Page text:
In fact, the interim results from nearly 4,000 PET scans showed that 54% of mild cognitive impairment and 70% of Alzheimer’s patients had positive scans – suggesting that 30% of patients clinically diagnosed with dementia, and a larger proportion of patients with mild memory loss, may not have Alzheimer’s disease.

“We look forward to reporting the results from the full study population. We are very grateful to the Centers for Medicare & Medicaid Services for their support of the IDEAS Study.”, Rabinovici says.

Although there currently is no cure for Alzheimer’s, an early diagnosis could have a meaningful impact. Patients may have more time to plan for their futures, start symptom-alleviating drugs earlier, change to more appropriate testing and treatments and possibly, in the future, slow the advance of the disease.

“Early detection means patients and their families can make more informed decisions about how long people can live independently, whether their medication should be self-administered and if they should continue driving,” Rabinovici says. “Quite simply: Patients want to know definitively what’s going on.”

A 2014 survey found 74 percent of respondents wanted to know their diagnosis, even if there is no cure, and 81 percent would want to know the diagnosis if someone close to them had an incurable neurological disorder.

Rabinovici says it’s all about getting the right information to improve patient care and outcomes. “Improved accuracy in diagnosing the disease is simply better for patients,” he said.

Even if the PET scan is negative for beta-amyloid, there’s a benefit. Finding that plaque isn’t building up forces doctors to look deeper for why a patient is suffering cognitive impairment. Studies have shown that about nine percent of people with dementia-like symptoms do not have dementia, but other, potentially reversible conditions.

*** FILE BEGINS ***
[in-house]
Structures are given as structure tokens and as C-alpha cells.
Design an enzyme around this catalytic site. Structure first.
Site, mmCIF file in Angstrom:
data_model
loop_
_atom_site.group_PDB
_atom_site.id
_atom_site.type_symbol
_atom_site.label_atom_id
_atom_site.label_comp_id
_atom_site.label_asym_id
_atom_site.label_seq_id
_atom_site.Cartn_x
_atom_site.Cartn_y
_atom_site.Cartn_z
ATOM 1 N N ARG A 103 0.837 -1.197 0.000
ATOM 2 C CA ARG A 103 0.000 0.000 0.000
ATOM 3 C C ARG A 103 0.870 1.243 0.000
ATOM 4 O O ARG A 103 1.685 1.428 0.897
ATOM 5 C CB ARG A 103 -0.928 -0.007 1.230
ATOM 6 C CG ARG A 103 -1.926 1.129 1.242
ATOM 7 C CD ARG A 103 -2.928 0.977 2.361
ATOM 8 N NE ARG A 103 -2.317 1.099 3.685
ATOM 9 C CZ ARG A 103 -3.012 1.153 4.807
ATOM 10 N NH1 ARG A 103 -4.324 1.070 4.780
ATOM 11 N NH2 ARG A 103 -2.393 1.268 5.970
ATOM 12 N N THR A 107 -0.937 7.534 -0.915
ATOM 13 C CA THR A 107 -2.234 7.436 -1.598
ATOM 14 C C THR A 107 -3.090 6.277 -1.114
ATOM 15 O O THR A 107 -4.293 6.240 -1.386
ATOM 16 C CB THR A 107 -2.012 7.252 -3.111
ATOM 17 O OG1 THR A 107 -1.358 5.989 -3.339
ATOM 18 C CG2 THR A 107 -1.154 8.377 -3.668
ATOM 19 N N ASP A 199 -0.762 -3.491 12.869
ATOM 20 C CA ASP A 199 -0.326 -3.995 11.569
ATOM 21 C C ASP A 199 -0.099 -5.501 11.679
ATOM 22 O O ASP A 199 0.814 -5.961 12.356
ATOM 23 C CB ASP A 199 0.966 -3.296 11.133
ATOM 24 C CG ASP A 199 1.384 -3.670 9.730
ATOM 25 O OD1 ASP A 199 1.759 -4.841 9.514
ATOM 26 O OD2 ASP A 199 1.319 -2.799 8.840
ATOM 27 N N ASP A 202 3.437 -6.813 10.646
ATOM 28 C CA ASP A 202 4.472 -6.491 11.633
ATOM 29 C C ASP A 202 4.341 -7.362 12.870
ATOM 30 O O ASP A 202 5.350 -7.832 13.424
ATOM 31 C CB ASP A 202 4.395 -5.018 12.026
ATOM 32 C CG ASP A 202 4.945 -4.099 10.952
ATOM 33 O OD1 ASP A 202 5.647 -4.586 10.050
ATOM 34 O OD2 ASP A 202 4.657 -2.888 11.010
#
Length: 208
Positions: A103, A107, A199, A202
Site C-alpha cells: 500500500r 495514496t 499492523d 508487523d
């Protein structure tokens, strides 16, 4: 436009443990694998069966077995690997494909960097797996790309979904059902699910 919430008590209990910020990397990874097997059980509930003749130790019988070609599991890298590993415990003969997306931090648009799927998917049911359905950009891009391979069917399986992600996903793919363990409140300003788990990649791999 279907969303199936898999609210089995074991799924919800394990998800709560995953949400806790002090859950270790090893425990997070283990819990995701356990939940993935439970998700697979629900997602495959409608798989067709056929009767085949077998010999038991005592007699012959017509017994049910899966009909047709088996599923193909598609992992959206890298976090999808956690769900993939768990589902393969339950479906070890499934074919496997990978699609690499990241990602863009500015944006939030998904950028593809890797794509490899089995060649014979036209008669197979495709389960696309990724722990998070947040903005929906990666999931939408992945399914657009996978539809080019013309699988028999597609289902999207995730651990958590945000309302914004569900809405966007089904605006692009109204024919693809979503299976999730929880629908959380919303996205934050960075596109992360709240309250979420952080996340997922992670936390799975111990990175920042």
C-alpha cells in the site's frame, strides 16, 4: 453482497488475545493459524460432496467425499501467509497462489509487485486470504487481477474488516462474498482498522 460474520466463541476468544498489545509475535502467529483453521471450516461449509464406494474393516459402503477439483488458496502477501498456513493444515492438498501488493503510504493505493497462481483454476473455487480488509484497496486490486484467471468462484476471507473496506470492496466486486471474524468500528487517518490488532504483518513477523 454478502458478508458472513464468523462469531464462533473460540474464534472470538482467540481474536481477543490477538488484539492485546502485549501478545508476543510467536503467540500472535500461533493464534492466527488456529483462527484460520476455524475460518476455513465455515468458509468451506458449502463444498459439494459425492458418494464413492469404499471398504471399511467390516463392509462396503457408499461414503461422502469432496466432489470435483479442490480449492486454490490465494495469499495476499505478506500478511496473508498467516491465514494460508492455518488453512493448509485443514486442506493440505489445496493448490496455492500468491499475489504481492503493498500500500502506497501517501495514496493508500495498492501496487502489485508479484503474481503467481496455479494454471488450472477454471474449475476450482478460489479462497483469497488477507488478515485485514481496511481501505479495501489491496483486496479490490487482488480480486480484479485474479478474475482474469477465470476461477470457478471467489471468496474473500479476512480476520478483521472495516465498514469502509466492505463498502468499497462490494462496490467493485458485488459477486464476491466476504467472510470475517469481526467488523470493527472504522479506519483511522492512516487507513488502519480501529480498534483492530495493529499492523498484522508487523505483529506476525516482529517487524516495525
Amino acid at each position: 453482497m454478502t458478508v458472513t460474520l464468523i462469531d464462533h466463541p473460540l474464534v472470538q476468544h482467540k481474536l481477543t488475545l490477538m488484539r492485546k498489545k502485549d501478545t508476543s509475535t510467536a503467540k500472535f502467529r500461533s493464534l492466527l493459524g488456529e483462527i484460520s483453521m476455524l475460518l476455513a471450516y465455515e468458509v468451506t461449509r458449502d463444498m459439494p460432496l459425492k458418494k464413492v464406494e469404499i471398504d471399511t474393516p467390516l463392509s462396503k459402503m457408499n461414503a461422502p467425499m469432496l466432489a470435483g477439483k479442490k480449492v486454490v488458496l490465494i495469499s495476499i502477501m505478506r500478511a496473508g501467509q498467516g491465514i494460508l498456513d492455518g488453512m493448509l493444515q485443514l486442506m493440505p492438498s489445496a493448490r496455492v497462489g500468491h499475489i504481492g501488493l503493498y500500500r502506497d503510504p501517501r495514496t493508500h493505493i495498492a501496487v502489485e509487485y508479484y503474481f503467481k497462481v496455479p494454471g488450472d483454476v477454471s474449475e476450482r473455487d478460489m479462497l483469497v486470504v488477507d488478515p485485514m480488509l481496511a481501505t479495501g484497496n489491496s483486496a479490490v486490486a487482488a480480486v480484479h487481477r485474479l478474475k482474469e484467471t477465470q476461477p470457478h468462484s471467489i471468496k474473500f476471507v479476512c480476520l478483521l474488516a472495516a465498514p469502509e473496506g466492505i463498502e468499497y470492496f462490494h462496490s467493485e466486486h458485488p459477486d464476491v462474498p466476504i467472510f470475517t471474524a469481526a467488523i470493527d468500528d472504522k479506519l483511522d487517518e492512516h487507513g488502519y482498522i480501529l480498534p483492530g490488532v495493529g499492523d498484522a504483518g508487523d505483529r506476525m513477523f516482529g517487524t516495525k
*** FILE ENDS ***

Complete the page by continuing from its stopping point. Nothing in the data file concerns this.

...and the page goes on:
More about the IDEAS Study

The IDEAS Study is being funded by the Centers for Medicare and Medicaid Services, Avid Radiopharmaceuticals/Eli Lilly, GE Healthcare, Piramal Imaging, the Alzheimer’s Association, and the American College of Radiology. Through June 2017, more than 12,000 patients had been recruited. The trial expects to reach its goal of 18,599 patients recruited by early 2018.

The IDEAS Study is working with government and academic researchers to launch three add-on studies to expand the impact of the core study where more than 18,000 people with cognitive decline but an unclear diagnosis will receive an amyloid PET scan. Similar to the groundbreaking Alzheimer’s Disease Neuroimaging Initiative (ADNI), IDEAS and its add-on studies will create a massive database of information and samples that scientists worldwide can access and analyze.

The three add-on studies are:

  • Amyloid Neuroimaging and Genetics Initiative Study
  • The Brain Health Registry
  • Caregivers’ Reactions and Experience: Imaging Dementia — Evidence for Amyloid Scanning Study

More information about the add-on studies is available at